There are nuances to communication and outreach in every industry. Cover all of your tips and tricks for meeting new people, and turn it into content. You can also ask for feedback on this post from trusted peers or co-workers, linking their quotes back into the post, and possibly getting a share or retweet from them.
A "How To" post is really popular because whatever tool, platform, or service you're using, there's someone out there that does not know how to use it the way that you do. This is similar to the favorite app and platform post, but instead, you're selecting a specific feature and walking the reader step by step on how to properly use it.
To makes sure the content of your "How To" is exceptional, be as specific as you can. You're not going to write a blog post called "How To Use HubSpot," and you shouldn't. It would take forever, and it wouldn't be very valuable. However, a post called "How To Set Up Buyer Personas in HubSpot," could be useful to someone who's using it for the first time.
If you have a great topic, like setting up buyer personas in HubSpot, it's possible that a lot of people have already covered it. Don't let that discourage you. You could do a "How To" using the Skyscraper post approach. With a Skyscraper post, you essentially take the best ideas articles already covering a topic, and put a new spin on it, and make it exceptional.
Book or Course Reviews
If you need blog content, try taking all the books, videos, or courses you've read or watched and put them to good use. Even a Netflix special like "I Am Not Your Guru," with Tony Robbins, or "Modern Love" by Aziz Ansari could be reviewed for a startup blog post. It all depends on the angle you take, and the information you present. For example, you could write a post called, "X Lessons From Tony Robbins I Applied To Managing My Startup," or "Aziz Ansari Is Basically An Entrepreneur - Here's Why."
While you never want to stretch something that's totally unrelated, there's a lot of ways you can put a fresh perspective on an article or video from a different industry.
Even older startup and marketing books, such as "Purple Cow" by Seth Godin can be reviewed again, with a new spin on it. Discuss the parts of the book that are still applicable to the industry, and point out the parts that are not. According to Google Analytics, "Purple cow Seth Godin" still gets around 1,000 searches a month, so people are definitely still interested in hearing about this book.
Discuss Popular Posts
On any given day, your LinkedIn or Twitter feed is flooded with new blog content. If there's a common theme, or specific posts that are trending with influencers, consider writing some content around them. The best way to do this (without adding to the noise) is to go into more depth about the topic. Explain what it is, why it's trending, and why people care about it.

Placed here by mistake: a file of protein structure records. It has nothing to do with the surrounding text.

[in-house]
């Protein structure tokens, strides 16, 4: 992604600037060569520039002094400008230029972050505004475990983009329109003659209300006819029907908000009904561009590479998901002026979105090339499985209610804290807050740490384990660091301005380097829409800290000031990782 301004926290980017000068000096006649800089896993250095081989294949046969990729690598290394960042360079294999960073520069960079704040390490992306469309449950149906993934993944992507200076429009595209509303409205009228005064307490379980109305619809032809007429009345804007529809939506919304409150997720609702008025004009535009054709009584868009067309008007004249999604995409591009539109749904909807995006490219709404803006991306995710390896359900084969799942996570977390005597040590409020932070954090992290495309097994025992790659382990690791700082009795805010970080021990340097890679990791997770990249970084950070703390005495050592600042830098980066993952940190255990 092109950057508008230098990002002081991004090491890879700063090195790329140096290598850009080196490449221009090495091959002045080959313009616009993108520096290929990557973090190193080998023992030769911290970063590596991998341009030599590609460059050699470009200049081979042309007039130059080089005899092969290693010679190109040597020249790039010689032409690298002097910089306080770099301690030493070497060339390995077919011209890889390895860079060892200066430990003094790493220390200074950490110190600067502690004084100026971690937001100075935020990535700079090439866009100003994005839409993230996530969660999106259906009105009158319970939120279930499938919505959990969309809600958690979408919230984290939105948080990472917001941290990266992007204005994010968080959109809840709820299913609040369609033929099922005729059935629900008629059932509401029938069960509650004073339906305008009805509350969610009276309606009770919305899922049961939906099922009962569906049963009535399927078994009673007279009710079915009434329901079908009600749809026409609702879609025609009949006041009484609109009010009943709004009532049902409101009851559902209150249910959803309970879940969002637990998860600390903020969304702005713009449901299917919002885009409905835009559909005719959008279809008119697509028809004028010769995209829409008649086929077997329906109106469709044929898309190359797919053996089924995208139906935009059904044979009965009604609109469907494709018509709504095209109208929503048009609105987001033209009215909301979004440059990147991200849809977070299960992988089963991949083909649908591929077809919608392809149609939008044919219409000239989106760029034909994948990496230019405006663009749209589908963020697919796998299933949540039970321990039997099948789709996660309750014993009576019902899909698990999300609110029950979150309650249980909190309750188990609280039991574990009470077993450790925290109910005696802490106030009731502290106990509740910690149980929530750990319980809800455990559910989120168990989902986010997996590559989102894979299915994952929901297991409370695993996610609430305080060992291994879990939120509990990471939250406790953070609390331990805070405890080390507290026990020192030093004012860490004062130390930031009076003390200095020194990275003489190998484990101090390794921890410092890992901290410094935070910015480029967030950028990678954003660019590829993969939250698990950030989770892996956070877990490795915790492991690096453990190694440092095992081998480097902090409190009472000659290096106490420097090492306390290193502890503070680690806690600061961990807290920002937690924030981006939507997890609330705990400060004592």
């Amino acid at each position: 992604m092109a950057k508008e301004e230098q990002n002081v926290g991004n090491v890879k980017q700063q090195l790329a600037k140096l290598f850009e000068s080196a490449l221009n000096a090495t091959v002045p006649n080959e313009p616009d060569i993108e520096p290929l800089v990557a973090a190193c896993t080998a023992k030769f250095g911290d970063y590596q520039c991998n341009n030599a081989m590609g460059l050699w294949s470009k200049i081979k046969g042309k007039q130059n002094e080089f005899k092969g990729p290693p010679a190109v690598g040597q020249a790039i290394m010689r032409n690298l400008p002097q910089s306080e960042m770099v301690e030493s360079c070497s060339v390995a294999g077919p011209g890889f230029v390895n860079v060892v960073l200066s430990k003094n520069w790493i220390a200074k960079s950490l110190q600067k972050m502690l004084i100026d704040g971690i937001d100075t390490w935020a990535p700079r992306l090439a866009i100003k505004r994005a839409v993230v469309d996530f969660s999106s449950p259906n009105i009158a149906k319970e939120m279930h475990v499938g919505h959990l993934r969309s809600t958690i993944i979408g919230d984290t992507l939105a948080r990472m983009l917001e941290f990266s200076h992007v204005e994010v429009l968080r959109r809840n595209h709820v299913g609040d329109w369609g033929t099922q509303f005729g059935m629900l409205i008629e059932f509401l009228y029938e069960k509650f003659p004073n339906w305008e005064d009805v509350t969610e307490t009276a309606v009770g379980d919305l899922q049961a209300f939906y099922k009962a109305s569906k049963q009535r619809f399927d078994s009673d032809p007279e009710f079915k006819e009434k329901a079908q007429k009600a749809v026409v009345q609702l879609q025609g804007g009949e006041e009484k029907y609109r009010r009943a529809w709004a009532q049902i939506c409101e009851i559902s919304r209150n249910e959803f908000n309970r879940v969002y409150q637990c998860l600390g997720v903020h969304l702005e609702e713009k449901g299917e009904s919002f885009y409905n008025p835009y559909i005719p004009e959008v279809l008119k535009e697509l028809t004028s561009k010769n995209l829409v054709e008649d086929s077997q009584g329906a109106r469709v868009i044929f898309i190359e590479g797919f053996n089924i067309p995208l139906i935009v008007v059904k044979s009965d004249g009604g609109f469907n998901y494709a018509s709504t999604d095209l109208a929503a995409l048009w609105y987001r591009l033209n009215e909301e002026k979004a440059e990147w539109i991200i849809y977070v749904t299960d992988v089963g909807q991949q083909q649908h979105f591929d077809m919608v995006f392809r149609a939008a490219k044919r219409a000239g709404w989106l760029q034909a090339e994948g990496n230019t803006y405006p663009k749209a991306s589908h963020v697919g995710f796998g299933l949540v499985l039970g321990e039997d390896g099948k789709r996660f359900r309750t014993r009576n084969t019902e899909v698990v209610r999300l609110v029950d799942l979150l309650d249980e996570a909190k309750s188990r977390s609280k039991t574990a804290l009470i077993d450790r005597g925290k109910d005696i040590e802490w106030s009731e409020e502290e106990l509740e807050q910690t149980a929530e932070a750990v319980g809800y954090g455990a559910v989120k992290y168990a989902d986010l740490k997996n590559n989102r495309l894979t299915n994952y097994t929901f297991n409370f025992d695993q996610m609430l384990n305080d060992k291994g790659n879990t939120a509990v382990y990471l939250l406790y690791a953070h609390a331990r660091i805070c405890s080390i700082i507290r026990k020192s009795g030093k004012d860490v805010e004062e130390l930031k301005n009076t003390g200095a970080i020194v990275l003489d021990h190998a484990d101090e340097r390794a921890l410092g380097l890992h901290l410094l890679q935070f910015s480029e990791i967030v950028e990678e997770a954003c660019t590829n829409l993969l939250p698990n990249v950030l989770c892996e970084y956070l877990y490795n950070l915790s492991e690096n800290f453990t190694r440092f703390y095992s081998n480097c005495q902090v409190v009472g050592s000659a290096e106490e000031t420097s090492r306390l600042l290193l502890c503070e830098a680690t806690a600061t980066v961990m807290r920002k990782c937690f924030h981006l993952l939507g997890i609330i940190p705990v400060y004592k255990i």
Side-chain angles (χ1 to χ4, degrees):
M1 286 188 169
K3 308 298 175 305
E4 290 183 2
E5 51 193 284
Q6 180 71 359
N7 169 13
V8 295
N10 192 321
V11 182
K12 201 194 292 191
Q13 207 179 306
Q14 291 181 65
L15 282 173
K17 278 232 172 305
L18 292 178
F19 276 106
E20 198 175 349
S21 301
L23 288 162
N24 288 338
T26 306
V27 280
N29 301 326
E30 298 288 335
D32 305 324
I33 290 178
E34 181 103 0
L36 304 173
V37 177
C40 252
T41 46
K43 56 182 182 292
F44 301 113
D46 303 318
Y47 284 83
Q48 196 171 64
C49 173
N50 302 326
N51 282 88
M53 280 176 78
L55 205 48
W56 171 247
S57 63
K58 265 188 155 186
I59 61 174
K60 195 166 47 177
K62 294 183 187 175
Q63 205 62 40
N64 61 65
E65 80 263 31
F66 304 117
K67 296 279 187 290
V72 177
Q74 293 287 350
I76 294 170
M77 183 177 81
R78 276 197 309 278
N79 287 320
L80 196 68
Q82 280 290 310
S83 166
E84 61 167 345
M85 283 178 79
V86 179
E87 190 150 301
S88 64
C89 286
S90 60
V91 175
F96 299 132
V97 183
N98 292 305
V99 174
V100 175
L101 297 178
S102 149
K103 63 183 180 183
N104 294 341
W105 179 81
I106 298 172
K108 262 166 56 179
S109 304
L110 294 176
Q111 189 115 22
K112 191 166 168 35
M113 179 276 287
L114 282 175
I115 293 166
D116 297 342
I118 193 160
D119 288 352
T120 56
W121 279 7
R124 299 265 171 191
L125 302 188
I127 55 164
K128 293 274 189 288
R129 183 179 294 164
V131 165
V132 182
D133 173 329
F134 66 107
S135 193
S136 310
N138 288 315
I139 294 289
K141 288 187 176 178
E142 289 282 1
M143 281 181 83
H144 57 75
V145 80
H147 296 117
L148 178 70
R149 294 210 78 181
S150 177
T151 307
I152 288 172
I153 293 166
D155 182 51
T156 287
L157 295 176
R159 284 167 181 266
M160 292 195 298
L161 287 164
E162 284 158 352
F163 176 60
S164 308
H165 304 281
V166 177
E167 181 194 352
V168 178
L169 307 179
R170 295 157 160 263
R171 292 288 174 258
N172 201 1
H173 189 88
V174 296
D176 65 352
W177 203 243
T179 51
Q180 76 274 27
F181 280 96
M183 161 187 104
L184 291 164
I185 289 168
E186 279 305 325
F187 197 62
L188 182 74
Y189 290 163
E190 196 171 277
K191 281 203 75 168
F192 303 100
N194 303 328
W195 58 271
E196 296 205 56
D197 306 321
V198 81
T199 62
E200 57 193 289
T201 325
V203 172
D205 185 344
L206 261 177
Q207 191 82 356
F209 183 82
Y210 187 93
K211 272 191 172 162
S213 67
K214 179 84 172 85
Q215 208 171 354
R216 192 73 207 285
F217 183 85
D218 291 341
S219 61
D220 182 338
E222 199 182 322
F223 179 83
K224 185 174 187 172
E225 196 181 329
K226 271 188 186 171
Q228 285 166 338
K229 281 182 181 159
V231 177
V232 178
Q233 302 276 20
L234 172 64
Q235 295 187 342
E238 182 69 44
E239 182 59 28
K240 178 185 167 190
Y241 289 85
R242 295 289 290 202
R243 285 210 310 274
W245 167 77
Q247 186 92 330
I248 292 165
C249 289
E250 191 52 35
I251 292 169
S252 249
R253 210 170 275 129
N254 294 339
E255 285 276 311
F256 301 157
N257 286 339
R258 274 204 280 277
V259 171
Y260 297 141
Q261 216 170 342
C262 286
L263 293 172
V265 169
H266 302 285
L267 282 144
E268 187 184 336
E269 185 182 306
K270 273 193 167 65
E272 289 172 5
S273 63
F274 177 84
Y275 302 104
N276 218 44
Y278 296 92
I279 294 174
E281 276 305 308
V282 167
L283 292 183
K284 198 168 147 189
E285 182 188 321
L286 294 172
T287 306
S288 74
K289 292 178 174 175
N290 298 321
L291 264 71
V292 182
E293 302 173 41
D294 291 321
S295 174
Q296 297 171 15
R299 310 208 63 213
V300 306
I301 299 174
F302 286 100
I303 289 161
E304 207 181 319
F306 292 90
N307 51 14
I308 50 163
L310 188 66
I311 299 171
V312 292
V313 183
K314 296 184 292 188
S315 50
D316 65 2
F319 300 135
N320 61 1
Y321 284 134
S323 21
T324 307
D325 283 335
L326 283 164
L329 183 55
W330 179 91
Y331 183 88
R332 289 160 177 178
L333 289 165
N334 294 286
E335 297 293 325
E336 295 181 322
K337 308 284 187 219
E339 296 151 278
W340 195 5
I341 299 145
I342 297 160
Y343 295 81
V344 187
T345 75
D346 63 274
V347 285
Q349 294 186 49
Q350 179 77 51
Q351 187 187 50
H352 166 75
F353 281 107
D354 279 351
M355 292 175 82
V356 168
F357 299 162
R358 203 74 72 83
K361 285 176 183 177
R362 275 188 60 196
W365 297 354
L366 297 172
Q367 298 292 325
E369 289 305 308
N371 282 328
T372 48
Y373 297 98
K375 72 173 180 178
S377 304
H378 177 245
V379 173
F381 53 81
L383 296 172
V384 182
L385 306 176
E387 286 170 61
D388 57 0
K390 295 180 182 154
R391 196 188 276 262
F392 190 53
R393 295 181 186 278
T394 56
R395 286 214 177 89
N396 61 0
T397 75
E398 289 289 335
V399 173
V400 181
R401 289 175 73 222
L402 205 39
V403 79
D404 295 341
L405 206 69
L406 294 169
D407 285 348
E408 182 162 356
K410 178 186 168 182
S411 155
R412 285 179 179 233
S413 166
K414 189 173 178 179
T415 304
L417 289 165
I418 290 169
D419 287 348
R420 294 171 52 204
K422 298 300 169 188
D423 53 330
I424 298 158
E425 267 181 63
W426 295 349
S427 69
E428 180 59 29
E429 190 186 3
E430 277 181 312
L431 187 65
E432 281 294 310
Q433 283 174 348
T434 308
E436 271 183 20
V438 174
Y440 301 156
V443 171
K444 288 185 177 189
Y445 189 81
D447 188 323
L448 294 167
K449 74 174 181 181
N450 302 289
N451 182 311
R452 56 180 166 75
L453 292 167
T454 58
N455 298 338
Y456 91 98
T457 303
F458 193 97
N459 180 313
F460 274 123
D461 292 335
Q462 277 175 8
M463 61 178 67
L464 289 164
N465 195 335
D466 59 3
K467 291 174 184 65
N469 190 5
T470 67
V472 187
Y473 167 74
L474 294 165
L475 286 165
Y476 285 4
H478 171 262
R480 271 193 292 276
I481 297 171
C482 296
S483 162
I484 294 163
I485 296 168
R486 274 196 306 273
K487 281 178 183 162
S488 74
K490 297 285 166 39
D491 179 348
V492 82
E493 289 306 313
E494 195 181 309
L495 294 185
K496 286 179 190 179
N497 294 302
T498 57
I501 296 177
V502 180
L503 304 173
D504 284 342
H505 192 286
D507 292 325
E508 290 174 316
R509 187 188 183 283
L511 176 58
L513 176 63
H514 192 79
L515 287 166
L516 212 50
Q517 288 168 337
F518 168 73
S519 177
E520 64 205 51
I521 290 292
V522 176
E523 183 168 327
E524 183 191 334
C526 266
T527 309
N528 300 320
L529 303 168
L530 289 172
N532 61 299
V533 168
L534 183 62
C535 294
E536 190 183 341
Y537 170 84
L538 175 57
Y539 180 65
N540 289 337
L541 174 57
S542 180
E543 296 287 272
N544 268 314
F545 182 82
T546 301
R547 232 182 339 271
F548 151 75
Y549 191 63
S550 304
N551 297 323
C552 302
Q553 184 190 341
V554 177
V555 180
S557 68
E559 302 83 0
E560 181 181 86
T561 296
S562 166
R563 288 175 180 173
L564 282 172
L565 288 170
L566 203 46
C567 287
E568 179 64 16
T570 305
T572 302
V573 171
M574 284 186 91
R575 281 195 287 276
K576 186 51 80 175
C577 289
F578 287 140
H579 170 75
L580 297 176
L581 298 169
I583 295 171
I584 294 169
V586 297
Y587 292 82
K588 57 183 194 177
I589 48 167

Basically, be the one that provides the context and expertise on the matter, similar to how a subject matter expert in your industry would do it. A lot of posts regarding trending topics tend to skim the surface. Stand out by providing the substance, and put the pieces of what's happening and why together for people who aren't as informed.
Contrary Position Post
There is a lot of opinions out there, and it's likely you don't agree with all of them. That's why the contrary position post can be a great way to engage industry peers, and start a productive dialogue. In a contrary position post, we take a viewpoint that we disagree with, and in an intelligent way, we offer a rebuttal and explain why we disagree with it.
If you approach a contrary post the right way, it can drive a lot of engagement. However, before posting an article with a strongly worded opinion, make sure that you're not being overly aggressive or negative about your opinion, and back up your thoughts with statistics or proof points. Contrary posts are intended to offer a different perspective.
Top Trends of the Year
Top trend posts can fit into any blog content strategy, in any industry. Basically take a topic and discuss the trends in the past or upcoming year. For each trend, you can discuss your opinion on it, recommend tools, or share how you plan to adopt that trend. Since trend posts are so popular, regardless of what industry you're in, this is another awesome opportunity to do Skyscraper content.
Basically, you can find all of the other posts talking about the same trends, pick the most relevant or best trends, and make your content even better.
At Lean Labs, we don't really do comparison posts. If you want to do this kind of post, and have a strong competitor or product you want to compare yourself to, there are a few best practices to follow. For starters, don't go super negative. No matter your brand or how great your service is, it's not a good look for anyone. If you write a comparison post and use it to talk about how great your company is, people won't necessarily believe you.
If you absolutely want to do a comparison post, keep it fair. Find features that you can fairly compare and contrast to, and do not have any bias. Another option is to compare to completely separate products or platforms that you've used before. For instance, if you used to use WordPress to blog, but switched to HubSpot, you could easily write a post about that.